• There are those who want to play the slot machine because it is a mindless game of luck.  If you are likely to play the slot machine, don’t invest in stocks as you are pure gambling and are likely to lose.
  • There are those who play poker as there are some skills involved. But if you develop certain skills first before investing, you have a better chance of making it.

To take the casino analogy further, if you want to invest, be the casino and not the guests.



11. Why is the stock market not a reliable source of income?
The stock market can be a reliable source of income. The question is what is the expected income you want.

From a value investment perspective, there are two ways to benefit from the stock market

a) from dividends

b) from capital gains

My personal experience is that about 1/3 of my returns from the stock market have been from dividends with the balance from capital gains. Whether the returns are sufficient for you depends on how much you have invested.

But if you save and invest for the long term, it is likely that you can reach a day when the passive income from the stock market can enable you to stop work. The real challenge is how to do this.



12. If I had 1000$, should I invest it in penny stocks, play the lottery or invest in an index fund?
It all boils down to probability.

If you are treating investing in penny stocks as a game of chance, then the best way is to compare the probability of winning the lottery with that of striking it with the penny stock.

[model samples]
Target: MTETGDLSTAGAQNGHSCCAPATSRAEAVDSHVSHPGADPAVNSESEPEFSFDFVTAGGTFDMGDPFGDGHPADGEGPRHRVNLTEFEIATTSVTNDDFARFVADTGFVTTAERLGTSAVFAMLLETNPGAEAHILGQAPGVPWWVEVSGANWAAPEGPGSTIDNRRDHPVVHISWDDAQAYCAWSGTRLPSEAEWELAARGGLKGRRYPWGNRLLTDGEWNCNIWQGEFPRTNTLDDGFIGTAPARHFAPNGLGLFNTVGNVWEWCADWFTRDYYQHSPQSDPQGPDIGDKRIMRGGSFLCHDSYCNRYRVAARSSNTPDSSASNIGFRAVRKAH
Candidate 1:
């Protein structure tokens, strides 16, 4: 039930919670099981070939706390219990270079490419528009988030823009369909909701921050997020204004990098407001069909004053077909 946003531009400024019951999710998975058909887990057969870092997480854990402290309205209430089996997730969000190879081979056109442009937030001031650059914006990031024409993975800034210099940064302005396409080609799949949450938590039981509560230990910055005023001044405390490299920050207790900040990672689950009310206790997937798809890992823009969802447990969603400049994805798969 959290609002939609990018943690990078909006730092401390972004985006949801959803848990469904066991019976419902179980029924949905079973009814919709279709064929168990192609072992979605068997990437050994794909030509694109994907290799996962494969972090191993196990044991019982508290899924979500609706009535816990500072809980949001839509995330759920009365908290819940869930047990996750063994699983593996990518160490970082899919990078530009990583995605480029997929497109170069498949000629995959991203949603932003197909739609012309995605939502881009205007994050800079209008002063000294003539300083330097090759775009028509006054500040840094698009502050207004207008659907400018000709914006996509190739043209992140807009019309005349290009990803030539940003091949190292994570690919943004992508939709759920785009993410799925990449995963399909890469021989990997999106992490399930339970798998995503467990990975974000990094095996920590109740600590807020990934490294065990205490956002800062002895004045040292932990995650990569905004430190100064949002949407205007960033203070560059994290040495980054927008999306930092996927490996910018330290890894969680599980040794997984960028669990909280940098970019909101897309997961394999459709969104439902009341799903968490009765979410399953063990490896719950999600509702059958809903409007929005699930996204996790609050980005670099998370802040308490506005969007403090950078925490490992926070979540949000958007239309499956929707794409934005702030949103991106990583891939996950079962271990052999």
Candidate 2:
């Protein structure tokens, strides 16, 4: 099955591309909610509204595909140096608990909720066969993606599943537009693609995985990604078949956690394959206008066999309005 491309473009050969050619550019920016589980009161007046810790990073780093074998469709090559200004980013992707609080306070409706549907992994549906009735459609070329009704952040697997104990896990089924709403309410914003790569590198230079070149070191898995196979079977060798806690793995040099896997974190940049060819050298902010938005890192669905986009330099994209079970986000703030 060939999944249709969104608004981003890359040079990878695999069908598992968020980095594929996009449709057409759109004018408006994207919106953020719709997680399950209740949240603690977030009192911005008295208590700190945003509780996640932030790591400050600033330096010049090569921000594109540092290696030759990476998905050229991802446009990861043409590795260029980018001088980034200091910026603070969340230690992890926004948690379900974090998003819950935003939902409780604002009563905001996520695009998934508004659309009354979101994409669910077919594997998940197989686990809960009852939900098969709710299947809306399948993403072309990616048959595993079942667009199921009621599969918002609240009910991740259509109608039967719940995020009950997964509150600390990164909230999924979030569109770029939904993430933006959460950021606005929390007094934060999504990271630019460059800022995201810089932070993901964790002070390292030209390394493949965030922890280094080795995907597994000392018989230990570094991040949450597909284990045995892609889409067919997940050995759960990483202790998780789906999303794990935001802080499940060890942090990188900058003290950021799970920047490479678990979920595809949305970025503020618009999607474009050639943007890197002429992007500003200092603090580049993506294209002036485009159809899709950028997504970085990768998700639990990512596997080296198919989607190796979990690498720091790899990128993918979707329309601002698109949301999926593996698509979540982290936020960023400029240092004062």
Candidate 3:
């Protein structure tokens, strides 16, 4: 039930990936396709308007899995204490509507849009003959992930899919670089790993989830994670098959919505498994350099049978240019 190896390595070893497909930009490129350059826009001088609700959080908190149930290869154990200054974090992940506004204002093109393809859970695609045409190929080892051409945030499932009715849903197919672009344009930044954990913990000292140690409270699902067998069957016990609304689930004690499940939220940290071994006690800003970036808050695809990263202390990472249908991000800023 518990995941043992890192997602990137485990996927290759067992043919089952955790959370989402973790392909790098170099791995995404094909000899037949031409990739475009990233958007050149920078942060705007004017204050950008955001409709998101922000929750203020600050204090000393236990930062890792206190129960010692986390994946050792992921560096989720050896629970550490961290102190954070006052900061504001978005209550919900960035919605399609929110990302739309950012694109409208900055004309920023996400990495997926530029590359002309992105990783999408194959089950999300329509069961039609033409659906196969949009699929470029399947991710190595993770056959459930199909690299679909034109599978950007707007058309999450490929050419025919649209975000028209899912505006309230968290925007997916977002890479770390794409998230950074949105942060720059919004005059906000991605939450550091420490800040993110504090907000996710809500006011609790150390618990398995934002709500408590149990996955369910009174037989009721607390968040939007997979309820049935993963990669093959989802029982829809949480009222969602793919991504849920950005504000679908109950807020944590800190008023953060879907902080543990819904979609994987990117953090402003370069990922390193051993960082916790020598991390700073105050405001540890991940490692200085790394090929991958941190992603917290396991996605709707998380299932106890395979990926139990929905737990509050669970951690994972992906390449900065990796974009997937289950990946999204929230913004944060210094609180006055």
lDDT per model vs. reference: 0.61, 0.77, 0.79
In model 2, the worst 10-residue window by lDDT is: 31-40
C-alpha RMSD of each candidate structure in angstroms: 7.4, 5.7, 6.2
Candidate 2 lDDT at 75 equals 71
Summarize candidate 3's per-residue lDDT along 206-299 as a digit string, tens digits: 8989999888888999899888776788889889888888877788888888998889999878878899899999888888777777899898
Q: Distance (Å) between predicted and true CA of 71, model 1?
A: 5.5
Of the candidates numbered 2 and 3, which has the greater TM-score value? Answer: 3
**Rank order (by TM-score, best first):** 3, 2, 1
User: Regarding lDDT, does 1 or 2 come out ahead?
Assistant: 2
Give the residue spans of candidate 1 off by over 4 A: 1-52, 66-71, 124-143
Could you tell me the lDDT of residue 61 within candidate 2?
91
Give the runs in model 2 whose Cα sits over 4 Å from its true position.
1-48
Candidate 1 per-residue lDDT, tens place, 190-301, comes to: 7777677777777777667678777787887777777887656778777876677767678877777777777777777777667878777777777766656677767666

But if you don't want the penny stocks to be a game of chance, then you have to analyze why they are penny stocks
  • If it is because they have no future, then buying the lottery has better odds.
  • If it is because the market has overswung on the way down and thus turned good companies into penny stocks, then you have a better chance of investing in them.

The real question is whether you have the skills to do this assessment. If you don’t have one, I suggest that you donate the money to some charity as it would serve a better purpose.

If you buy a lottery with for example a million numbers to choose from, your chance of getting the first price is 1 in a million. OK, you may win a large sum, but the expected return is very low. Mathematically, if the winning ticket gets a million-dollar, your expected return is only 1 dollar.

But if you invest in an index fund over a long period, your expected return is more than 1 dollar - you get your principal and the returns.

But we all dream of striking the lottery. Invest 99% of your “spare money” into an index fund and use the 1% to buy the lottery. You may happen to be the lucky guy, but if not, you still benefit from the index fund.


END



Investment books that I have read.

Books


Comments




The book provides a good rationale on why I continue to "reverse engineer" the current market price as part of my valuation analysis.  

 

 

 

I find that Dr. Crosby has good practical advice on the behavioral aspects of investing.